Kesselman: It took me a long time to recognize that my public playing was not going to be as good as the best private playing was — it just never would, and I had to accept that that was what my level was. The key is to say, 'okay I'm going for this ten,' and then when you get out there on stage, you know in your mind you're not hitting that ten. And you say, 'heck with it, a nine and a half is gonna be okay, I'm gonna be happy with that.' Because, otherwise, you're gonna be miserable. And that's been my plight, accepting that I did the best that I could at that moment, even if it was way less than I might be able to do in another moment. That has to be okay. And that's something that's really hard for a lot of musicians, I think.
Kesselman: It's probably the most judgmental job you can have in the world. There's an old saying: what's the one thing that two musicians can agree upon? And that is the incompetence of the third. And that is, I think that's really true. It's true in conservatory, where we both went, a high-pressured conservatory. It's true professionally, people who aren't performing well are talked about constantly.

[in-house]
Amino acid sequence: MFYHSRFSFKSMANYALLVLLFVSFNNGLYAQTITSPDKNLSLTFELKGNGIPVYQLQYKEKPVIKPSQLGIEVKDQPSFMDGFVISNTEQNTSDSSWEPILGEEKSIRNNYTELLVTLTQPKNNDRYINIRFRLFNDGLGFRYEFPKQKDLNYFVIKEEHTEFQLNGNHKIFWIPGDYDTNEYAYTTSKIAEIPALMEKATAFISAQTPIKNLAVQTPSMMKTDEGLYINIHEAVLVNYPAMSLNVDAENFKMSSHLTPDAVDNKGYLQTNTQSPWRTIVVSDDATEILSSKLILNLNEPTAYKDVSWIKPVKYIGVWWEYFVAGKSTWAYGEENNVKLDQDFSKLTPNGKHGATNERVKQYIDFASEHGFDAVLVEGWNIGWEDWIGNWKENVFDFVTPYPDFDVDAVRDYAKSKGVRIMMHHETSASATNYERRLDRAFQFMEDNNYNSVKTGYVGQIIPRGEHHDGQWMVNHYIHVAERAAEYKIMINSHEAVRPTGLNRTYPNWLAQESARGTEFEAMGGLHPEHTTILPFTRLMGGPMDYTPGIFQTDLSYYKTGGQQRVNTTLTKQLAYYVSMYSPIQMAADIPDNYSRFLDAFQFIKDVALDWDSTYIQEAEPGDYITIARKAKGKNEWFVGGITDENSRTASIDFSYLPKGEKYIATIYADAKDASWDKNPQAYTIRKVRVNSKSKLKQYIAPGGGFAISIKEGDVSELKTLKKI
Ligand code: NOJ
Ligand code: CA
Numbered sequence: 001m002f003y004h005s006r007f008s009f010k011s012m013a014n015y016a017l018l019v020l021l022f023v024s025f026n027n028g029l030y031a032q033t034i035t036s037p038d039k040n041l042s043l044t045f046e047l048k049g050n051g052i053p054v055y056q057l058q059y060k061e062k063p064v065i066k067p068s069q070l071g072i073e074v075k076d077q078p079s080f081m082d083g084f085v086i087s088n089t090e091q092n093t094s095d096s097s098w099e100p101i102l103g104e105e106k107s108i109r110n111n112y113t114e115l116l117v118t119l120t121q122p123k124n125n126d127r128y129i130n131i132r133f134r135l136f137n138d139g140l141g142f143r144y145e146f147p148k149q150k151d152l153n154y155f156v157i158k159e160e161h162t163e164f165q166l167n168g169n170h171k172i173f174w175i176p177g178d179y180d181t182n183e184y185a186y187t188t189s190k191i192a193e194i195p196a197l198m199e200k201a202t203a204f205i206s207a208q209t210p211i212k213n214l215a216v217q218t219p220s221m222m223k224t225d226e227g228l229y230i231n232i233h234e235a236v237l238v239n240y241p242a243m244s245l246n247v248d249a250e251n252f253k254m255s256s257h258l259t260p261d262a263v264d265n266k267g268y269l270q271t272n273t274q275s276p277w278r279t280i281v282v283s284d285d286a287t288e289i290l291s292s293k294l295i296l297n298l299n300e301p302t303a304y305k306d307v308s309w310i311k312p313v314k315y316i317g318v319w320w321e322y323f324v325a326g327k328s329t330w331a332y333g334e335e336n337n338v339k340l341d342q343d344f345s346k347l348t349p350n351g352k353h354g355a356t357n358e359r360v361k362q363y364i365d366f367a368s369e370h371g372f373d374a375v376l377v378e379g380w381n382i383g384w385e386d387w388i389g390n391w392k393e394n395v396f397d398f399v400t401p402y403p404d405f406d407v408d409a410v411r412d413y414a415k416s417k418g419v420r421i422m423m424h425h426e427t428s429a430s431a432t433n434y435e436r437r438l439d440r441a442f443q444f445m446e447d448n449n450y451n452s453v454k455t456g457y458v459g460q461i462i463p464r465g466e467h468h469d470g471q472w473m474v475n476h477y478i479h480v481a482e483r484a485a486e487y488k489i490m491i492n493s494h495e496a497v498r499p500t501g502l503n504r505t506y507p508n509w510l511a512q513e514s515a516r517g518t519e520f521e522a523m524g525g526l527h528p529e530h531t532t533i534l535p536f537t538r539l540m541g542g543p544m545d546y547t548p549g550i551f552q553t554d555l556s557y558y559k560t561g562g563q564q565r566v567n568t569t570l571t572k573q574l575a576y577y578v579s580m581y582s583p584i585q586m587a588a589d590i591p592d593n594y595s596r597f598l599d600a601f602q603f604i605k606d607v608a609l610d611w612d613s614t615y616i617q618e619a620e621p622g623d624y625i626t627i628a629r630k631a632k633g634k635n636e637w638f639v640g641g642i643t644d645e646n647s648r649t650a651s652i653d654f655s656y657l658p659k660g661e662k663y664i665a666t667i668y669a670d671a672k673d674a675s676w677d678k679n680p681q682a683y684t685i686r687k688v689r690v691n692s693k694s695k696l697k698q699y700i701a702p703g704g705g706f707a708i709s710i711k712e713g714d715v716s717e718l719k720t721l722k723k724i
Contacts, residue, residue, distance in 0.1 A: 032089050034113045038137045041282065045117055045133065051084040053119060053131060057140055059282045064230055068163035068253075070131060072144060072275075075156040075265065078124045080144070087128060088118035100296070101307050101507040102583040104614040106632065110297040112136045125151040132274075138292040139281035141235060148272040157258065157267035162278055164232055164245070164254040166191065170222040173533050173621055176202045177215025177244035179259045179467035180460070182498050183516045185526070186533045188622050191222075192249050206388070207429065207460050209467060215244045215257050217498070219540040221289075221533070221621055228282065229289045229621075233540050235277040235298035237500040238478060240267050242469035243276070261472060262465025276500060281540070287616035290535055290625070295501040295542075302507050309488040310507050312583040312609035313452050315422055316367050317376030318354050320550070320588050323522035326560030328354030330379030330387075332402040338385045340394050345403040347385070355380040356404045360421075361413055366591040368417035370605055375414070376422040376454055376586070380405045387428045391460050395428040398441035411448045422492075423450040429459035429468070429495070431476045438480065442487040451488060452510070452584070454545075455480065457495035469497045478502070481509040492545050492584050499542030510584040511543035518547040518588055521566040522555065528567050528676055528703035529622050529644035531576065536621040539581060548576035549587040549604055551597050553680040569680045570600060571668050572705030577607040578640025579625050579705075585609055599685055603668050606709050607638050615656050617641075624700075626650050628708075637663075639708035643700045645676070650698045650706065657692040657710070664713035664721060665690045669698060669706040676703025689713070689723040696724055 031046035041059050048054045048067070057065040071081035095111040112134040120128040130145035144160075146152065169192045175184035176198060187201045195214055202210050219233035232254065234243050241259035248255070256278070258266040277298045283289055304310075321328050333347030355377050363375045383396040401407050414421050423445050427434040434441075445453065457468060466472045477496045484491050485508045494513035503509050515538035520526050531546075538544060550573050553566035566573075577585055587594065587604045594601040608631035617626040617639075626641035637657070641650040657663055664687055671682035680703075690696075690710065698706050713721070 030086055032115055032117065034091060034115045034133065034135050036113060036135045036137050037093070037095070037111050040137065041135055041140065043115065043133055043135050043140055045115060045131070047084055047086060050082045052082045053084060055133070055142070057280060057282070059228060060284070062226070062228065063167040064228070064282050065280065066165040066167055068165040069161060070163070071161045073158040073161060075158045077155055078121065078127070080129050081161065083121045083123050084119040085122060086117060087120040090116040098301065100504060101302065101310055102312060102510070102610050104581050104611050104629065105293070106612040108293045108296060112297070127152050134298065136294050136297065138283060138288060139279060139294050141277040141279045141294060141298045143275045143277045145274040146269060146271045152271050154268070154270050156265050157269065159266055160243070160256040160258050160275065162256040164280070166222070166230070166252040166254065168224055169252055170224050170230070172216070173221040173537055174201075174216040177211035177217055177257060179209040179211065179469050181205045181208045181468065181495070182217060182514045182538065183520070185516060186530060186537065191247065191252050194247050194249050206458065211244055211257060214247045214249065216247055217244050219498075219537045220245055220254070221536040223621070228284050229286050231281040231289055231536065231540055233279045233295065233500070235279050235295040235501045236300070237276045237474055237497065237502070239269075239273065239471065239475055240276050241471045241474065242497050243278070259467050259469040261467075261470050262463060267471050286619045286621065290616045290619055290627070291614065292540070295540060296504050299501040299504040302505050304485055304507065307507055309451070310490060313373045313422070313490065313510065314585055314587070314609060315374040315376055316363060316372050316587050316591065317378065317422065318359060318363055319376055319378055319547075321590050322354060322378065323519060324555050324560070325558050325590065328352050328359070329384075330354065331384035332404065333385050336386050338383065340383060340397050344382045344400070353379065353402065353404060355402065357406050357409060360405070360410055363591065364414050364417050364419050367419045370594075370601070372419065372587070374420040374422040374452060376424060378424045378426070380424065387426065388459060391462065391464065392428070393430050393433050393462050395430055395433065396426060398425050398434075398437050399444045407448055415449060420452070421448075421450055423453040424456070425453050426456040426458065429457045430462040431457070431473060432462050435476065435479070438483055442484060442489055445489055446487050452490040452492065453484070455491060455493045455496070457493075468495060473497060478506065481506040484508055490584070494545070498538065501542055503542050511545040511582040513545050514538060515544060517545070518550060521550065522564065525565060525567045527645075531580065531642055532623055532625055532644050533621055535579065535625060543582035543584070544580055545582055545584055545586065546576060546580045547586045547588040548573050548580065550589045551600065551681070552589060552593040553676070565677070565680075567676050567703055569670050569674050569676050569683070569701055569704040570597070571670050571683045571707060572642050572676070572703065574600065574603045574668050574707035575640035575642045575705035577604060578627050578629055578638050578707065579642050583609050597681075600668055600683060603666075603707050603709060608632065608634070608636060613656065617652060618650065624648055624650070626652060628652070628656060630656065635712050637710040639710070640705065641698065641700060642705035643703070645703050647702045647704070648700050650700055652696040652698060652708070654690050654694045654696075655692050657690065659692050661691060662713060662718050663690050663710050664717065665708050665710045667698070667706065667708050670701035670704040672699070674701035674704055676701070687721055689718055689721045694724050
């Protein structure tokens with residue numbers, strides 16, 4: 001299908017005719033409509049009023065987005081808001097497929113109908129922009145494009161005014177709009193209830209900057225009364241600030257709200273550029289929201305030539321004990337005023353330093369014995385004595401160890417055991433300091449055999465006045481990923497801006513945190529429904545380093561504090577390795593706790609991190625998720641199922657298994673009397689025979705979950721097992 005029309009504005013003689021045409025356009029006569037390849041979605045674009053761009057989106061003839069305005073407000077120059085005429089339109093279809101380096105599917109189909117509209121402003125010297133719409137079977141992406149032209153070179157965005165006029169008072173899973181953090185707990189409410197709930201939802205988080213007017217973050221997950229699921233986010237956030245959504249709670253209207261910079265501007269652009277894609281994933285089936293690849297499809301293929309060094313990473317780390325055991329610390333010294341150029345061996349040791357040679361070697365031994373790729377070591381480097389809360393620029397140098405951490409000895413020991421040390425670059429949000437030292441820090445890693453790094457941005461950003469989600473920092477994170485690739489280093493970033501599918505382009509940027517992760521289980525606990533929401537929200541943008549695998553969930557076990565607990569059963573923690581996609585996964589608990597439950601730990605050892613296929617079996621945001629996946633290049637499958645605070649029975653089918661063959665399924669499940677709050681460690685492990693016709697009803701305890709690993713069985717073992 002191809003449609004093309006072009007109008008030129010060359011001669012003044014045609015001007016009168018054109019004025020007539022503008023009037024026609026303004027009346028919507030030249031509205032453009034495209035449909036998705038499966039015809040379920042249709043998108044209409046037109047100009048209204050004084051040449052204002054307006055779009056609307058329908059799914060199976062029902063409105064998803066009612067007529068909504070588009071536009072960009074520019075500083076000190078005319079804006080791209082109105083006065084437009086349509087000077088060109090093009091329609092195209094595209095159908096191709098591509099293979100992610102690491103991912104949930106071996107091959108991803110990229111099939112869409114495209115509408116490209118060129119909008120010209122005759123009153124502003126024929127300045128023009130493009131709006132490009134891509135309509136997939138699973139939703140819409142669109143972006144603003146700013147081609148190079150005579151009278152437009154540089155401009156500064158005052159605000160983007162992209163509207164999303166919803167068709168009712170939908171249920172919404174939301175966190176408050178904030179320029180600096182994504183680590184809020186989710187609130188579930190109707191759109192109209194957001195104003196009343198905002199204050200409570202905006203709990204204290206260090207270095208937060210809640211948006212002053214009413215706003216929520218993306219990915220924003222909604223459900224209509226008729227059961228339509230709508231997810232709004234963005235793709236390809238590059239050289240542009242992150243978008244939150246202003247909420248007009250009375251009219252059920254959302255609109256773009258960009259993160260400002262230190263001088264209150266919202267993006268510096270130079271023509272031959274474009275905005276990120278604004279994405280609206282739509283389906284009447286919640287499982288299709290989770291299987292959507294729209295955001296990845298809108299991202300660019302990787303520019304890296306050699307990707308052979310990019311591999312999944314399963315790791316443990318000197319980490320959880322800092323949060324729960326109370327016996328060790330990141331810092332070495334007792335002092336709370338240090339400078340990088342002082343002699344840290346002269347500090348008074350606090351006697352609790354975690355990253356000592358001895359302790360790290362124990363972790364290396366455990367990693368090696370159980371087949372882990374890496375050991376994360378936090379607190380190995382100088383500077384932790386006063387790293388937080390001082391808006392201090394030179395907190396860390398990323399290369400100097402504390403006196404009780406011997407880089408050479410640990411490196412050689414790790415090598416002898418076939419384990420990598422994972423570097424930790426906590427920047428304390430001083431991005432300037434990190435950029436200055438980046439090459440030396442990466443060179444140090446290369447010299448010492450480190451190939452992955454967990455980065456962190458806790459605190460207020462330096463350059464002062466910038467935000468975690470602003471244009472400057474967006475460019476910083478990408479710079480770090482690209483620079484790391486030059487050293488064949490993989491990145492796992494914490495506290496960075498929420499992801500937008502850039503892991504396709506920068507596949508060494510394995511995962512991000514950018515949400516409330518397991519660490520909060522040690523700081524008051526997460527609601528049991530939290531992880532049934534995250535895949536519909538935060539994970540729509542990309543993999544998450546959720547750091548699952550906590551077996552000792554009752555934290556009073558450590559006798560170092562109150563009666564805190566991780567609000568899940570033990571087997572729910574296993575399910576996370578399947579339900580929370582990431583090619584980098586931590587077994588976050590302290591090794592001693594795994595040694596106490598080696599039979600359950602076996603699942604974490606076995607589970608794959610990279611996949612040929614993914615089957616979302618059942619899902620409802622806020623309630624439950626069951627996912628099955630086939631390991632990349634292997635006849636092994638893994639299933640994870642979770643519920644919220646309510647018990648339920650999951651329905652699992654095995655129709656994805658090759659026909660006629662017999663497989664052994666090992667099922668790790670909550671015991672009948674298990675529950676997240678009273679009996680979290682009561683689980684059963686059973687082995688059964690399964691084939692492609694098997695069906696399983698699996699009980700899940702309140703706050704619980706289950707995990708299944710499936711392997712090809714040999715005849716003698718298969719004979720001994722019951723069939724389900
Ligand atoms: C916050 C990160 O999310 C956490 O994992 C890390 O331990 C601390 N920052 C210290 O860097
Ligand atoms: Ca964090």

But refusing to become self conscious is, for many actors, the key to a successful performance, says Ben Lloyd.
Lloyd: What stage fright really is, is an overwhelming sense of self-awareness, what is happening to me becomes so overwhelming that you, my character, my fellow scene partner, doesn't exist anymore. The lines that I had to memorize, the direction I got from a director, doesn't exist anymore. It's just all about me, right? And what I'm feeling right now. And that becomes overwhelming. So what I believe is, when actors begin to think of what they're doing as a gift, or as a service, then the attention and the focal point doesn't become who they are.
After years of suffering the ravages of stage fright, a mindfulness meditation class
radically changed Rob Kesselman's outlook on music making.
Kesselman: My goal is to be more present for everything. I consider myself to be at the tail end of my career, so I want to make the tail end of my career as good as I can. And I think being present is very important.